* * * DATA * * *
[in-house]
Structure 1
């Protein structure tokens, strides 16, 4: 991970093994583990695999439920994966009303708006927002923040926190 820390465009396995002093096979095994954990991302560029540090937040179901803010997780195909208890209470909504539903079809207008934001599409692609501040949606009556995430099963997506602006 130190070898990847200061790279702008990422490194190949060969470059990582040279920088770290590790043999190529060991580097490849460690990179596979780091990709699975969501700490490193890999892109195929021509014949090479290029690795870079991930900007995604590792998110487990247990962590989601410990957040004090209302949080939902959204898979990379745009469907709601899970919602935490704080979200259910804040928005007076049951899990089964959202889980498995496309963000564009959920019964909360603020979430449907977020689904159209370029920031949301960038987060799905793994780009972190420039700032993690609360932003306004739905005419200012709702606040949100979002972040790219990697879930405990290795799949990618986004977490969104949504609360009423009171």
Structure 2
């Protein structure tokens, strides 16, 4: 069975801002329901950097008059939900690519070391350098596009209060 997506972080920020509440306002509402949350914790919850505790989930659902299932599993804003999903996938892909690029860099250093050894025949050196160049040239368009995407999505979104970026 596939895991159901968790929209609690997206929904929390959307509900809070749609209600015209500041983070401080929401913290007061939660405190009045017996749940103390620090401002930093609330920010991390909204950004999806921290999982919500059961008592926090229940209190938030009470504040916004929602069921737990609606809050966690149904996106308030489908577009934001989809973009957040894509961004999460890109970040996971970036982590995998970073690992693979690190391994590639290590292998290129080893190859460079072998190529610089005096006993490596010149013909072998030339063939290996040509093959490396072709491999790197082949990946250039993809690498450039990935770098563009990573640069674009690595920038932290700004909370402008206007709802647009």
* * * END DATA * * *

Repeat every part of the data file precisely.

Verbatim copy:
[in-house]
Structure 1
């Protein structure tokens, strides 16, 4: 991970093994583990695999439920994966009303708006927002923040926190 820390465009396995002093096979095994954990991302560029540090937040179901803010997780195909208890209470909504539903079809207008934001599409692609501040949606009556995430099963997506602006 130190070898990847200061790279702008990422490194190949060969470059990582040279920088770290590790043999190529060991580097490849460690990179596979780091990709699975969501700490490193890999892109195929021509014949090479290029690795870079991930900007995604590792998110487990247990962590989601410990957040004090209302949080939902959204898979990379745009469907709601899970919602935490704080979200259910804040928005007076049951899990089964959202889980498995496309963000564009959920019964909360603020979430449907977020689904159209370029920031949301960038987060799905793994780009972190420039700032993690609360932003306004739905005419200012709702606040949100979002972040790219990697879930405990290795799949990618986004977490969104949504609360009423009171």
Structure 2
């Protein structure tokens, strides 16, 4: 069975801002329901950097008059939900690519070391350098596009209060 997506972080920020509440306002509402949350914790919850505790989930659902299932599993804003999903996938892909690029860099250093050894025949050196160049040239368009995407999505979104970026 596939895991159901968790929209609690997206929904929390959307509900809070749609209600015209500041983070401080929401913290007061939660405190009045017996749940103390620090401002930093609330920010991390909204950004999806921290999982919500059961008592926090229940209190938030009470504040916004929602069921737990609606809050966690149904996106308030489908577009934001989809973009957040894509961004999460890109970040996971970036982590995998970073690992693979690190391994590639290590292998290129080893190859460079072998190529610089005096006993490596010149013909072998030339063939290996040509093959490396072709491999790197082949990946250039993809690498450039990935770098563009990573640069674009690595920038932290700004909370402008206007709802647009």